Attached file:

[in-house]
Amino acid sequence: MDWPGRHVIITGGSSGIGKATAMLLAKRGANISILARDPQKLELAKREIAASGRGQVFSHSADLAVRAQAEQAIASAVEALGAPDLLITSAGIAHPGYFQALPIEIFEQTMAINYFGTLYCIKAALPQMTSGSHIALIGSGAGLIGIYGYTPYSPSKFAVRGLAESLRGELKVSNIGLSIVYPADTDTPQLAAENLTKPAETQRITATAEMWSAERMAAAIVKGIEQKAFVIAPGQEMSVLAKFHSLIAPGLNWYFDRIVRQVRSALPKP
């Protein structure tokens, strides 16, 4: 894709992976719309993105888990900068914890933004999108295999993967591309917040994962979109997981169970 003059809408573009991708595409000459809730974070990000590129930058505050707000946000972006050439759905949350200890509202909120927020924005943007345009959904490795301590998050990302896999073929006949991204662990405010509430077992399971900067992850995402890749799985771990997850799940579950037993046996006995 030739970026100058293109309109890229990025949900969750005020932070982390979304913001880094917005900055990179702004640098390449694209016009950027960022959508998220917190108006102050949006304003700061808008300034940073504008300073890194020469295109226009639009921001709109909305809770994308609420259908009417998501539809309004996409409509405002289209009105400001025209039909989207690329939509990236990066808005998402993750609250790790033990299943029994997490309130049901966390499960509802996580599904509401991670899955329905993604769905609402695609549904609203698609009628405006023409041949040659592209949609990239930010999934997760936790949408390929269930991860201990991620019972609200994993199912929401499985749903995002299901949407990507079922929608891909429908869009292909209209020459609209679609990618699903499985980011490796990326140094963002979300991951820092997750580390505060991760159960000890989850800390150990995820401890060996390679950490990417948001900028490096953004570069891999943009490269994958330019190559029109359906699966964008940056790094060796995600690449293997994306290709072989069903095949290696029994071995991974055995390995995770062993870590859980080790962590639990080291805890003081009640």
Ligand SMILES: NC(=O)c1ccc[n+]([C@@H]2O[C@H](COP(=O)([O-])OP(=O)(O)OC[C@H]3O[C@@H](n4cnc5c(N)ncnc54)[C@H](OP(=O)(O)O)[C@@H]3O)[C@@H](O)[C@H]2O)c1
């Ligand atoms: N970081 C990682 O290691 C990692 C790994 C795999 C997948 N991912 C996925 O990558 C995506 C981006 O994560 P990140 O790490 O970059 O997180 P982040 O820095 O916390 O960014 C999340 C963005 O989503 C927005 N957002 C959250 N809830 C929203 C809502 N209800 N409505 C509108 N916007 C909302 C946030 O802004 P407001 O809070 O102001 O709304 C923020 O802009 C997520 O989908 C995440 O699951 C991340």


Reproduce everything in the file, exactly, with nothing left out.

[in-house]
Amino acid sequence: MDWPGRHVIITGGSSGIGKATAMLLAKRGANISILARDPQKLELAKREIAASGRGQVFSHSADLAVRAQAEQAIASAVEALGAPDLLITSAGIAHPGYFQALPIEIFEQTMAINYFGTLYCIKAALPQMTSGSHIALIGSGAGLIGIYGYTPYSPSKFAVRGLAESLRGELKVSNIGLSIVYPADTDTPQLAAENLTKPAETQRITATAEMWSAERMAAAIVKGIEQKAFVIAPGQEMSVLAKFHSLIAPGLNWYFDRIVRQVRSALPKP
């Protein structure tokens, strides 16, 4: 894709992976719309993105888990900068914890933004999108295999993967591309917040994962979109997981169970 003059809408573009991708595409000459809730974070990000590129930058505050707000946000972006050439759905949350200890509202909120927020924005943007345009959904490795301590998050990302896999073929006949991204662990405010509430077992399971900067992850995402890749799985771990997850799940579950037993046996006995 030739970026100058293109309109890229990025949900969750005020932070982390979304913001880094917005900055990179702004640098390449694209016009950027960022959508998220917190108006102050949006304003700061808008300034940073504008300073890194020469295109226009639009921001709109909305809770994308609420259908009417998501539809309004996409409509405002289209009105400001025209039909989207690329939509990236990066808005998402993750609250790790033990299943029994997490309130049901966390499960509802996580599904509401991670899955329905993604769905609402695609549904609203698609009628405006023409041949040659592209949609990239930010999934997760936790949408390929269930991860201990991620019972609200994993199912929401499985749903995002299901949407990507079922929608891909429908869009292909209209020459609209679609990618699903499985980011490796990326140094963002979300991951820092997750580390505060991760159960000890989850800390150990995820401890060996390679950490990417948001900028490096953004570069891999943009490269994958330019190559029109359906699966964008940056790094060796995600690449293997994306290709072989069903095949290696029994071995991974055995390995995770062993870590859980080790962590639990080291805890003081009640």
Ligand SMILES: NC(=O)c1ccc[n+]([C@@H]2O[C@H](COP(=O)([O-])OP(=O)(O)OC[C@H]3O[C@@H](n4cnc5c(N)ncnc54)[C@H](OP(=O)(O)O)[C@@H]3O)[C@@H](O)[C@H]2O)c1
């Ligand atoms: N970081 C990682 O290691 C990692 C790994 C795999 C997948 N991912 C996925 O990558 C995506 C981006 O994560 P990140 O790490 O970059 O997180 P982040 O820095 O916390 O960014 C999340 C963005 O989503 C927005 N957002 C959250 N809830 C929203 C809502 N209800 N409505 C509108 N916007 C909302 C946030 O802004 P407001 O809070 O102001 O709304 C923020 O802009 C997520 O989908 C995440 O699951 C991340």